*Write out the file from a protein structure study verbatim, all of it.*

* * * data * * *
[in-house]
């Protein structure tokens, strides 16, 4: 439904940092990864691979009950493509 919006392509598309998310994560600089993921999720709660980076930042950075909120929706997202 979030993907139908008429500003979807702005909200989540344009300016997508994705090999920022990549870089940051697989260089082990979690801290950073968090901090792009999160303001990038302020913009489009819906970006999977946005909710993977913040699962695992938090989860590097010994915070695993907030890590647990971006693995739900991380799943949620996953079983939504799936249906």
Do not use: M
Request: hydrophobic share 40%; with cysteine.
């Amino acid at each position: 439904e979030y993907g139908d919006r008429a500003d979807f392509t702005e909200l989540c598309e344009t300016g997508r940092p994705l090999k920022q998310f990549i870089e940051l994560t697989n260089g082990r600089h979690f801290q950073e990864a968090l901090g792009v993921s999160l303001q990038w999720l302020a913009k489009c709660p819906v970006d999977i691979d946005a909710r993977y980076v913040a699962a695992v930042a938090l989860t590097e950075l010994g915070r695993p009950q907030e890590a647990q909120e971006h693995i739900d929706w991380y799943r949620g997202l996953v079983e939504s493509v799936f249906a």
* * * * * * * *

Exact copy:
[in-house]
């Protein structure tokens, strides 16, 4: 439904940092990864691979009950493509 919006392509598309998310994560600089993921999720709660980076930042950075909120929706997202 979030993907139908008429500003979807702005909200989540344009300016997508994705090999920022990549870089940051697989260089082990979690801290950073968090901090792009999160303001990038302020913009489009819906970006999977946005909710993977913040699962695992938090989860590097010994915070695993907030890590647990971006693995739900991380799943949620996953079983939504799936249906």
Do not use: M
Request: hydrophobic share 40%; with cysteine.
């Amino acid at each position: 439904e979030y993907g139908d919006r008429a500003d979807f392509t702005e909200l989540c598309e344009t300016g997508r940092p994705l090999k920022q998310f990549i870089e940051l994560t697989n260089g082990r600089h979690f801290q950073e990864a968090l901090g792009v993921s999160l303001q990038w999720l302020a913009k489009c709660p819906v970006d999977i691979d946005a909710r993977y980076v913040a699962a695992v930042a938090l989860t590097e950075l010994g915070r695993p009950q907030e890590a647990q909120e971006h693995i739900d929706w991380y799943r949620g997202l996953v079983e939504s493509v799936f249906a």